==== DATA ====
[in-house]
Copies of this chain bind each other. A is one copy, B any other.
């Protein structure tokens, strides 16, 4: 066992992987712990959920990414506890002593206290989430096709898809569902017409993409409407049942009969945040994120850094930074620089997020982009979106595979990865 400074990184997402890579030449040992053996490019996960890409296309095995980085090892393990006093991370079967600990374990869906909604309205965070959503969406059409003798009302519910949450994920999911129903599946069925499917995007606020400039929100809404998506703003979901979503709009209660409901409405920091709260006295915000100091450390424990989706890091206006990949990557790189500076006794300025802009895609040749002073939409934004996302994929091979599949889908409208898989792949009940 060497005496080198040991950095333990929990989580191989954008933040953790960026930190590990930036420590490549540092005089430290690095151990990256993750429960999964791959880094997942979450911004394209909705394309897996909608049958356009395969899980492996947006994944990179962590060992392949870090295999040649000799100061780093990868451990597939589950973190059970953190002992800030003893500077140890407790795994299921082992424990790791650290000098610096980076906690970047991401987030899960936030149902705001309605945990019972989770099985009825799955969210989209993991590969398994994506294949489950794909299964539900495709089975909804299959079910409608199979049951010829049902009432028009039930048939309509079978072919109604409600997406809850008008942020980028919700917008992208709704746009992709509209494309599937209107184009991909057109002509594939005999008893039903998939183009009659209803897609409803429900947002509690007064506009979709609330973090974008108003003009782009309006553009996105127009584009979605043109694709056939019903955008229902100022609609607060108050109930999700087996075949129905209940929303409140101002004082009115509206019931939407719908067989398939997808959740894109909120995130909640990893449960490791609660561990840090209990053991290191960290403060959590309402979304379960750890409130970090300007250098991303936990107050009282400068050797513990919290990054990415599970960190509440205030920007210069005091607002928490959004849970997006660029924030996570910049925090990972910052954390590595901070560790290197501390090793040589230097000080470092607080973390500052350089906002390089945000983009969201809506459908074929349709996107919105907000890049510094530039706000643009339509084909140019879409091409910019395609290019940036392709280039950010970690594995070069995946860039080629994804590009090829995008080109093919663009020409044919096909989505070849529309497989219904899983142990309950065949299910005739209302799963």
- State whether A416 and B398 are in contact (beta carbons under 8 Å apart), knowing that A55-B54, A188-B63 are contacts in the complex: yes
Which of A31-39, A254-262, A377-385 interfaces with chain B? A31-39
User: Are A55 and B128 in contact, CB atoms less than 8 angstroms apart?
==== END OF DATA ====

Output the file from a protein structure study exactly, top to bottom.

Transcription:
[in-house]
Copies of this chain bind each other. A is one copy, B any other.
């Protein structure tokens, strides 16, 4: 066992992987712990959920990414506890002593206290989430096709898809569902017409993409409407049942009969945040994120850094930074620089997020982009979106595979990865 400074990184997402890579030449040992053996490019996960890409296309095995980085090892393990006093991370079967600990374990869906909604309205965070959503969406059409003798009302519910949450994920999911129903599946069925499917995007606020400039929100809404998506703003979901979503709009209660409901409405920091709260006295915000100091450390424990989706890091206006990949990557790189500076006794300025802009895609040749002073939409934004996302994929091979599949889908409208898989792949009940 060497005496080198040991950095333990929990989580191989954008933040953790960026930190590990930036420590490549540092005089430290690095151990990256993750429960999964791959880094997942979450911004394209909705394309897996909608049958356009395969899980492996947006994944990179962590060992392949870090295999040649000799100061780093990868451990597939589950973190059970953190002992800030003893500077140890407790795994299921082992424990790791650290000098610096980076906690970047991401987030899960936030149902705001309605945990019972989770099985009825799955969210989209993991590969398994994506294949489950794909299964539900495709089975909804299959079910409608199979049951010829049902009432028009039930048939309509079978072919109604409600997406809850008008942020980028919700917008992208709704746009992709509209494309599937209107184009991909057109002509594939005999008893039903998939183009009659209803897609409803429900947002509690007064506009979709609330973090974008108003003009782009309006553009996105127009584009979605043109694709056939019903955008229902100022609609607060108050109930999700087996075949129905209940929303409140101002004082009115509206019931939407719908067989398939997808959740894109909120995130909640990893449960490791609660561990840090209990053991290191960290403060959590309402979304379960750890409130970090300007250098991303936990107050009282400068050797513990919290990054990415599970960190509440205030920007210069005091607002928490959004849970997006660029924030996570910049925090990972910052954390590595901070560790290197501390090793040589230097000080470092607080973390500052350089906002390089945000983009969201809506459908074929349709996107919105907000890049510094530039706000643009339509084909140019879409091409910019395609290019940036392709280039950010970690594995070069995946860039080629994804590009090829995008080109093919663009020409044919096909989505070849529309497989219904899983142990309950065949299910005739209302799963």
- State whether A416 and B398 are in contact (beta carbons under 8 Å apart), knowing that A55-B54, A188-B63 are contacts in the complex: yes
Which of A31-39, A254-262, A377-385 interfaces with chain B? A31-39
User: Are A55 and B128 in contact, CB atoms less than 8 angstroms apart?